Joao Leao writes:
> I don't believe that there is ANY question that QM is non-local! This is
> the outcome of 30 years of experiments with entangled multiparticle
> states.  I also think that non-locality is pretty well defined in this
> context (the way Bell put it) and we know what implications it has
> in the laboratory and elsewhere.

Philosophically the real question is not why QM is non-local, because
there is no a priori reason the universe should be local.  The question
is why the universe is so nearly local; why it appears to be local
for all practical purposes, if it is built on non-local underpinnings;
why the non-local connections are unable to affect causality.

In the all universe hypothesis, all theories of physics are instantiated.
Only in some universes will life and consciousness evolve.  Perhaps it is
plausible that locality, or something like it, is a necessary precondition
for the kinds of mechanisms that allow computation.  And we believe that
computation is necessary for consciousness.

So it is reasonable that the universe will be at least superficially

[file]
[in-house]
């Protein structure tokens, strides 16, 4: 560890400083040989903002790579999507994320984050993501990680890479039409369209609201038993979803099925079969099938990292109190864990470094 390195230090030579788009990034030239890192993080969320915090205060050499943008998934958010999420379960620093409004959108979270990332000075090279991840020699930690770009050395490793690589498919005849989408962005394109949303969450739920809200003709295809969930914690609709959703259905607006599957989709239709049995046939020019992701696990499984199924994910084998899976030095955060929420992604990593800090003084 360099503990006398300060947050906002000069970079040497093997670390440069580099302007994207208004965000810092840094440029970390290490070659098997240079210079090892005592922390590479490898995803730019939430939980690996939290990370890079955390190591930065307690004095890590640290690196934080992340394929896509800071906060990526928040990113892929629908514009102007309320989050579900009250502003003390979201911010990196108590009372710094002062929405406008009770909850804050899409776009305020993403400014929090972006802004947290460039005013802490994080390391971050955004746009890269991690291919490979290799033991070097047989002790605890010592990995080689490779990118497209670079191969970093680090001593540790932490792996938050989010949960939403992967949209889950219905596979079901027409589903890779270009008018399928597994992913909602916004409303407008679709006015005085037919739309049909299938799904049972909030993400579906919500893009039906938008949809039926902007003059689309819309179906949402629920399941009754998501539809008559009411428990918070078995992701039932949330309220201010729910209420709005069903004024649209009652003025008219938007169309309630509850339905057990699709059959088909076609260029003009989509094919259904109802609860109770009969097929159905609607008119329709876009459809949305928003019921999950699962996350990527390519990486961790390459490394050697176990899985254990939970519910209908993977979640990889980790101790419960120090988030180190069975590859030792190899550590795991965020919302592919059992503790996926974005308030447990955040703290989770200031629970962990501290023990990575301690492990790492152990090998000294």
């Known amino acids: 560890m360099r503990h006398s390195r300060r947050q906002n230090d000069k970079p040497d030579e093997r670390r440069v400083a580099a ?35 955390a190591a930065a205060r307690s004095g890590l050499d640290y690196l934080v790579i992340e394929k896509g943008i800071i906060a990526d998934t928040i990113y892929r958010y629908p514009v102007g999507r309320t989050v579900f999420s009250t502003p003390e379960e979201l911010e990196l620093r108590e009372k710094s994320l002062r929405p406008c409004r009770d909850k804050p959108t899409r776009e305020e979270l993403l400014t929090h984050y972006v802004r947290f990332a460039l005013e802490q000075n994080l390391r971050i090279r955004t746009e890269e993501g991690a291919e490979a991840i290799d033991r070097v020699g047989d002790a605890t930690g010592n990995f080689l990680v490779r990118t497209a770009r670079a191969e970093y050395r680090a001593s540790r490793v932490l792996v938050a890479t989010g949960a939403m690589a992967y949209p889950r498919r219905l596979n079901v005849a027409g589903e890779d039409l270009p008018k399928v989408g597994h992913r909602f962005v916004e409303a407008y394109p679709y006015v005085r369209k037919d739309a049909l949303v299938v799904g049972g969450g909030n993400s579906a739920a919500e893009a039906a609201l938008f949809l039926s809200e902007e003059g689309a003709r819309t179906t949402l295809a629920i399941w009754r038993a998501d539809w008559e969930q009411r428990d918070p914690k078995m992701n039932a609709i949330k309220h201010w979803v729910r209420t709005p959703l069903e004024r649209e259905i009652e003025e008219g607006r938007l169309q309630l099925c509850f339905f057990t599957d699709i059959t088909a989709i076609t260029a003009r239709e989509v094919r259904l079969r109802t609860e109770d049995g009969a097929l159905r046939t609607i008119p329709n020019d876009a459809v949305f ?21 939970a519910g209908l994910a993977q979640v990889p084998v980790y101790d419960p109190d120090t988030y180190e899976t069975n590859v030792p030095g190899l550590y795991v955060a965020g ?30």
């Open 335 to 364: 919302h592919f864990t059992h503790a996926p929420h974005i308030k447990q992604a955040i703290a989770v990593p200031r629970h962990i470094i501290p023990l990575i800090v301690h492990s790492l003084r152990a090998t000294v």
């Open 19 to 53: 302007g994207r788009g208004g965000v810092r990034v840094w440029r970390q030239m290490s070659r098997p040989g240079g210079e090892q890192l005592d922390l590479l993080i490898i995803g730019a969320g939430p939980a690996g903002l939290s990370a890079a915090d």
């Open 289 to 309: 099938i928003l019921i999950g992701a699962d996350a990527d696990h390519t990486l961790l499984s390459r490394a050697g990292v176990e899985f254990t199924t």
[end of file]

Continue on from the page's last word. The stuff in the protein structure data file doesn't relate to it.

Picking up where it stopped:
or approximately local.  It still seems surprising that this property
can be built on a non-local foundation, with the non-localities somehow
cancelling themselves out or becoming insignificant at certain scales.

I suspect that it will turn out that this paradoxical physics is actually
one of the simplest models that both provides for a sufficiently complex
and varied universe to allow spontaneous evolution; and a sufficiently
stable and local one that computation can exist.  QM gives us ~100 kinds
of atoms that can form an infinite variety of molecules; gravity gives
us stars that synthesize sufficient quantities of a substantial variety
of these atoms, and planets which concentrate the intermediately sized
atoms together.  It might well be difficult to reproduce such combinations
of properties if we had different physical laws.

Hal Finney

Reply via email to